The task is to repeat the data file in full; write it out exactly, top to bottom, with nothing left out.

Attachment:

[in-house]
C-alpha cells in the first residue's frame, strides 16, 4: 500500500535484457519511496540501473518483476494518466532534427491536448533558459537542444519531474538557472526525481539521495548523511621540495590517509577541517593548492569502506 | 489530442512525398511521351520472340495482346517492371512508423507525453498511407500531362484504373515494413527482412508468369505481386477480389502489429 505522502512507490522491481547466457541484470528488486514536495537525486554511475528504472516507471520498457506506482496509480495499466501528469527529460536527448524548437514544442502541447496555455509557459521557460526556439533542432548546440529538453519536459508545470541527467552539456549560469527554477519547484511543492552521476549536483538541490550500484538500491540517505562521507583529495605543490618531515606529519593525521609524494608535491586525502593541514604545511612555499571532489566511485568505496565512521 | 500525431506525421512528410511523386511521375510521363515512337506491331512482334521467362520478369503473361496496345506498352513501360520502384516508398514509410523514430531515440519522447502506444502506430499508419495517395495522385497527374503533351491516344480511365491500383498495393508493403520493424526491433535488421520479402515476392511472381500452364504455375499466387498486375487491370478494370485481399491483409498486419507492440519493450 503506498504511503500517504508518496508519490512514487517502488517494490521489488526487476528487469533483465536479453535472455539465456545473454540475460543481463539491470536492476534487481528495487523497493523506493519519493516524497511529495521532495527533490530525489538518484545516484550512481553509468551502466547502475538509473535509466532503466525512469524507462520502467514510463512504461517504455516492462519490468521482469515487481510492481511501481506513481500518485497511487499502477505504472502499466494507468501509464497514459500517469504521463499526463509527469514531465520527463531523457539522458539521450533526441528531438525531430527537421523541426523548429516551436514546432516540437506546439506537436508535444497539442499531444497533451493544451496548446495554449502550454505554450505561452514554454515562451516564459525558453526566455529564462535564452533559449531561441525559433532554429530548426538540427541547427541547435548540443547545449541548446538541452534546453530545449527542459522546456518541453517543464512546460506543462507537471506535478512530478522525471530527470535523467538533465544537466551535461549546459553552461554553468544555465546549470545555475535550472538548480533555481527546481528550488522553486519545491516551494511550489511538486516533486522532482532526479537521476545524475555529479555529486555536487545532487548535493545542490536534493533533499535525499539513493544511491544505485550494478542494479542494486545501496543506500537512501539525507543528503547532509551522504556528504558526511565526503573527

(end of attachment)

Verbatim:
[in-house]
C-alpha cells in the first residue's frame, strides 16, 4: 500500500535484457519511496540501473518483476494518466532534427491536448533558459537542444519531474538557472526525481539521495548523511621540495590517509577541517593548492569502506 | 489530442512525398511521351520472340495482346517492371512508423507525453498511407500531362484504373515494413527482412508468369505481386477480389502489429 505522502512507490522491481547466457541484470528488486514536495537525486554511475528504472516507471520498457506506482496509480495499466501528469527529460536527448524548437514544442502541447496555455509557459521557460526556439533542432548546440529538453519536459508545470541527467552539456549560469527554477519547484511543492552521476549536483538541490550500484538500491540517505562521507583529495605543490618531515606529519593525521609524494608535491586525502593541514604545511612555499571532489566511485568505496565512521 | 500525431506525421512528410511523386511521375510521363515512337506491331512482334521467362520478369503473361496496345506498352513501360520502384516508398514509410523514430531515440519522447502506444502506430499508419495517395495522385497527374503533351491516344480511365491500383498495393508493403520493424526491433535488421520479402515476392511472381500452364504455375499466387498486375487491370478494370485481399491483409498486419507492440519493450 503506498504511503500517504508518496508519490512514487517502488517494490521489488526487476528487469533483465536479453535472455539465456545473454540475460543481463539491470536492476534487481528495487523497493523506493519519493516524497511529495521532495527533490530525489538518484545516484550512481553509468551502466547502475538509473535509466532503466525512469524507462520502467514510463512504461517504455516492462519490468521482469515487481510492481511501481506513481500518485497511487499502477505504472502499466494507468501509464497514459500517469504521463499526463509527469514531465520527463531523457539522458539521450533526441528531438525531430527537421523541426523548429516551436514546432516540437506546439506537436508535444497539442499531444497533451493544451496548446495554449502550454505554450505561452514554454515562451516564459525558453526566455529564462535564452533559449531561441525559433532554429530548426538540427541547427541547435548540443547545449541548446538541452534546453530545449527542459522546456518541453517543464512546460506543462507537471506535478512530478522525471530527470535523467538533465544537466551535461549546459553552461554553468544555465546549470545555475535550472538548480533555481527546481528550488522553486519545491516551494511550489511538486516533486522532482532526479537521476545524475555529479555529486555536487545532487548535493545542490536534493533533499535525499539513493544511491544505485550494478542494479542494486545501496543506500537512501539525507543528503547532509551522504556528504558526511565526503573527